It was long assumed that banking and currency policies had to be defined by central banks, governments and authorities. Those powerful entities take critical decisions with an often-criticized lack of transparency, and are subject to corruption, and are costly, and usually take less than optimal decisions because they cannot aggregate/process enough information to operate.
Through clever use of the blockchain technology, Bitcoin proved that anyone could safely store and transfer value without relying on the existing banking infrastructure. Subsequent blockchain technologies further expanded the scope of this revolution by introducing decentralized voting, ownership and finance. By following the principles of “Code is Law”, open-source blockchain technologies bring unmatched transparency to their users. Anyone can understand and verify the rules of the game, and even act upon them through decentralized voting systems.
Decentralization sets a trust-free environment without central authorities, in which censorship is avoided, and costly middlemen are not needed. Users of decentralized platforms play an actual role in their function and governance, instead of following rules they have no say about. However, Blockchain comes in multiple flavors, each with its own twist.
Not all blockchains are made equal
In late 2017, after another large crypto rush, it became crystal clear that Bitcoin and Ethereum had scaling issues. All-time high congestion and fees gave birth to a trend focused on creating new crypto-currencies capable of processing more transactions per second. Very quickly, it was found that protocols sustaining thousands of transactions per second somehow had to sacrifice either security or decentralization. This phenomenon was coined the scalability trilemma — which is not a theorem, and as Vitalik Butterin said, “the trilemma was never an impossibility result, it was claiming that getting 3 of 3 is *hard*”.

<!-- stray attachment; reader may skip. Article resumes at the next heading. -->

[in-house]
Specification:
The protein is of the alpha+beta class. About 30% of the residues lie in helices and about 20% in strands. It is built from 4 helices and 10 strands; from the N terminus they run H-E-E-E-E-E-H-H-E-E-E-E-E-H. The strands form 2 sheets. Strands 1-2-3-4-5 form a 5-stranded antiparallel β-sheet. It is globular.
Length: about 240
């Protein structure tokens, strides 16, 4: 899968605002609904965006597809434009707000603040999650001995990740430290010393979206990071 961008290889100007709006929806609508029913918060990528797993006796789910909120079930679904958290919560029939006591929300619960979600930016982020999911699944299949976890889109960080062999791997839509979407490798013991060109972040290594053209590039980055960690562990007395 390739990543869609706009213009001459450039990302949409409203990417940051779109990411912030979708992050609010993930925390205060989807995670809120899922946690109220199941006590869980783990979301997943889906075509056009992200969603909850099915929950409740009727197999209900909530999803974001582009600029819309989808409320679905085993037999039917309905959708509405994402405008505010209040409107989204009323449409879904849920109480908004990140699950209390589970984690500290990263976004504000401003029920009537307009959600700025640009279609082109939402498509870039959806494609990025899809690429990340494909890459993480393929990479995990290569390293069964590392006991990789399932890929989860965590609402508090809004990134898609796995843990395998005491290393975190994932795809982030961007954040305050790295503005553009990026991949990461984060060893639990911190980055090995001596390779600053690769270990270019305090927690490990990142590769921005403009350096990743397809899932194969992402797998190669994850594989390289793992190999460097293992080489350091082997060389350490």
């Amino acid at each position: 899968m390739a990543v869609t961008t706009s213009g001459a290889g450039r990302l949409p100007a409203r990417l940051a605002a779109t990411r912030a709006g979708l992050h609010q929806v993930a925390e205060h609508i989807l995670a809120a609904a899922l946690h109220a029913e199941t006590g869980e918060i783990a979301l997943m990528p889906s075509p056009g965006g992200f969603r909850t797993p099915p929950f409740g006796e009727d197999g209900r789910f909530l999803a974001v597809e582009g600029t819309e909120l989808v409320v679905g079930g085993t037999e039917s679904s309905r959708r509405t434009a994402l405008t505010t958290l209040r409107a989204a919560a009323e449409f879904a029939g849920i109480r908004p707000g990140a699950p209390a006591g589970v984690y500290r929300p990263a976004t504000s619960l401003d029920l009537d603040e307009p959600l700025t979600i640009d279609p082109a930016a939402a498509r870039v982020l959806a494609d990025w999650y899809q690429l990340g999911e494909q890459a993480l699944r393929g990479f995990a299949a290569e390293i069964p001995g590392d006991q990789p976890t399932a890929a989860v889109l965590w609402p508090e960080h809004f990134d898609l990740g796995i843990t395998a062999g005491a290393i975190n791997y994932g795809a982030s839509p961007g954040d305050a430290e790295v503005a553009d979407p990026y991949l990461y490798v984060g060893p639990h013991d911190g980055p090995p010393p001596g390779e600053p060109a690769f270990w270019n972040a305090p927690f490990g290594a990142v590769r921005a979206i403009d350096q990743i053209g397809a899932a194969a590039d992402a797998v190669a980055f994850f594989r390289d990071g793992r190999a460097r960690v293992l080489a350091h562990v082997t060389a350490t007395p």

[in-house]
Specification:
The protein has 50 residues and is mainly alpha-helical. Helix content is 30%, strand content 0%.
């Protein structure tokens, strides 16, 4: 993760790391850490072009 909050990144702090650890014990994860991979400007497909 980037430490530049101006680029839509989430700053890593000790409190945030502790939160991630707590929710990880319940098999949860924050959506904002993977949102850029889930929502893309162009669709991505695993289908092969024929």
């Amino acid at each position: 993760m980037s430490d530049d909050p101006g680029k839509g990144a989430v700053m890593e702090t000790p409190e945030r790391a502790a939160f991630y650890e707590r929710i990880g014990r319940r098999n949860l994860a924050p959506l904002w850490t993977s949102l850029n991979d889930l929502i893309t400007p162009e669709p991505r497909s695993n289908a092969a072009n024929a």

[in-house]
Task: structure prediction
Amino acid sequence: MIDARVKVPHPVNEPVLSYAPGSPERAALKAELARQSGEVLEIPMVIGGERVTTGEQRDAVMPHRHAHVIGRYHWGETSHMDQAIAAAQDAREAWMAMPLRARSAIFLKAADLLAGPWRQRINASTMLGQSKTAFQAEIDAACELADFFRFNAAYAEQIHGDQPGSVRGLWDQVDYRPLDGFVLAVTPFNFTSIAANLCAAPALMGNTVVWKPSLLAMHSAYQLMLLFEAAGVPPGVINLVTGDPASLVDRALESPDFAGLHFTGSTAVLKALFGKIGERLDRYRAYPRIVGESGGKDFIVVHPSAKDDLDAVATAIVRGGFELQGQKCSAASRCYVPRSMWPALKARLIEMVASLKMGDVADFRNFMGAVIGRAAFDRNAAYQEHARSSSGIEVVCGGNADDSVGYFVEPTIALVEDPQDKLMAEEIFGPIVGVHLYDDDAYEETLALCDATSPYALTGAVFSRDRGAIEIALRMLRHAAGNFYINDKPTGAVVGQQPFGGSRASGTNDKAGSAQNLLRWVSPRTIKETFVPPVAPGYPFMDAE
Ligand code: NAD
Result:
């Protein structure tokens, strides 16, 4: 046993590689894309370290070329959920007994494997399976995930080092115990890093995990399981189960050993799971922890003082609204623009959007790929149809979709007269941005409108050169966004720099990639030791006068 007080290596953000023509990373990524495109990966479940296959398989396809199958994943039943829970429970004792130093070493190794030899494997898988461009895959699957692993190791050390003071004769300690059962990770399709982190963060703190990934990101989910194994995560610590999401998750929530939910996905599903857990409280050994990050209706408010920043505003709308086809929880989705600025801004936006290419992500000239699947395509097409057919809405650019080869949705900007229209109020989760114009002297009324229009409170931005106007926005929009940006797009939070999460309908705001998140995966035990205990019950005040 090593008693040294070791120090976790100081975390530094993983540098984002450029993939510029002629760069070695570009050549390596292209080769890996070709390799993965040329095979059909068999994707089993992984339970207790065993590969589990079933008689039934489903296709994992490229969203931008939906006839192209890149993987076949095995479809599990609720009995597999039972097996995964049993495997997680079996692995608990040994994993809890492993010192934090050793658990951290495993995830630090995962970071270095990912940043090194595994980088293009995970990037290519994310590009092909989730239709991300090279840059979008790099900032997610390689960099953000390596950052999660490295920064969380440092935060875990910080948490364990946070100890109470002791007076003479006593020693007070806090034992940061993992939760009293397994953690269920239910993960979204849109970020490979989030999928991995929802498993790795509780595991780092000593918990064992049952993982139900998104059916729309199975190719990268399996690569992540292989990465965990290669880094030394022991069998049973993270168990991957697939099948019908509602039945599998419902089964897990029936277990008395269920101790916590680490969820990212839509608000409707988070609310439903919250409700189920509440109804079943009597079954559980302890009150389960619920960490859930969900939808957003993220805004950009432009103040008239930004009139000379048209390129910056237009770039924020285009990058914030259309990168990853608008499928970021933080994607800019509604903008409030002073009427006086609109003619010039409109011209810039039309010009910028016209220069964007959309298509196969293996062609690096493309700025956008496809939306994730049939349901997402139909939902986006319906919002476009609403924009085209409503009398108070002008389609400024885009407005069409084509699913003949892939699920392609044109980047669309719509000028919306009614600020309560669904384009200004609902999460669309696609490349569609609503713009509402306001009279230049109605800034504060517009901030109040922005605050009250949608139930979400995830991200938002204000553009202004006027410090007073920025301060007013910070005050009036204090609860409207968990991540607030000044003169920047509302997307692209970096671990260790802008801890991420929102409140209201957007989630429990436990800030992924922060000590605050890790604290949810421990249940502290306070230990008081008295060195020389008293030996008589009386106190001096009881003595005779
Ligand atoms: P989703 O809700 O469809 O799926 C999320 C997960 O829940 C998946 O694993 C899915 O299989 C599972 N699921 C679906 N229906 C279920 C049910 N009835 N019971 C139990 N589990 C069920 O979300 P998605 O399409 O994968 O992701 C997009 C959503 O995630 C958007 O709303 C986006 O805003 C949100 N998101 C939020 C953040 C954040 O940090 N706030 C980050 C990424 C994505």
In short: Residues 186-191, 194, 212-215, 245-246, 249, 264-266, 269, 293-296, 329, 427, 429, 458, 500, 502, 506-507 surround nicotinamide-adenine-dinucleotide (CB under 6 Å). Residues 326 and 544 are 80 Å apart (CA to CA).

Recently a series of events highlighted the consequence of such sacrifice:
- In February 2020, IOTA was shut down by the team when a vulnerability was exploited in the IOTA wallet. This is a clear example that their system is not decentralized and is controlled by the developers.
- On Thursday, February 25 2021, the Fantom Network stopped producing blocks for 7 hours. As stated by the Fantom Foundation, “One of the biggest validators slowed down the block emission, which caused a second big validator to slow down as well. The other validators kept producing blocks, but the two lagging ones were not able to catch up. These two validators are big enough to represent more than one third of stake, and they caused a domino effect that halted new block confirmations”. This issue showcases the need to increase decentralization through both more nodes and a better distribution of coins.
- Solana, one of the supposedly fastest blockchains, recently suffered from a series of attacks. Those attacks exploited flaws in the system introduced as a result of sacrificing decentralization and security for speed.
Issues with current chains
All these events highlight the importance of decentralization. Overall, decentralization can be compromised at several levels:
- Coin centralization: In Proof-of-Stake systems, the coin distribution is particularly important as it allows people to earn rewards but also to vote on the evolution of the protocol (as in Tezos). In many systems a small number of entities is sufficient to control the whole network.
- Centralization of power:Since rewards are extremely infrequent for small miners in Proof-of-Work systems, people tend to pool together in order to smooth the rewards over time. This leads to indirect centralization. As of now, the 4 largest mining pools of Bitcoin and the first two of Ethereum are enough to reach 51% and jeopardize the whole system. Proof-of-Work systems also favor hardware manufacturers that are able to create more efficient hardware. Proof-of-Stake can also suffer from a form of centralization of power through delegation or custodian staking. For instance, the three largest bakers in Tezos are exchange platforms, and delegators can have as much as 10 times the amount they own delegated to them. Those actors get a disproportionate amount of power over the network.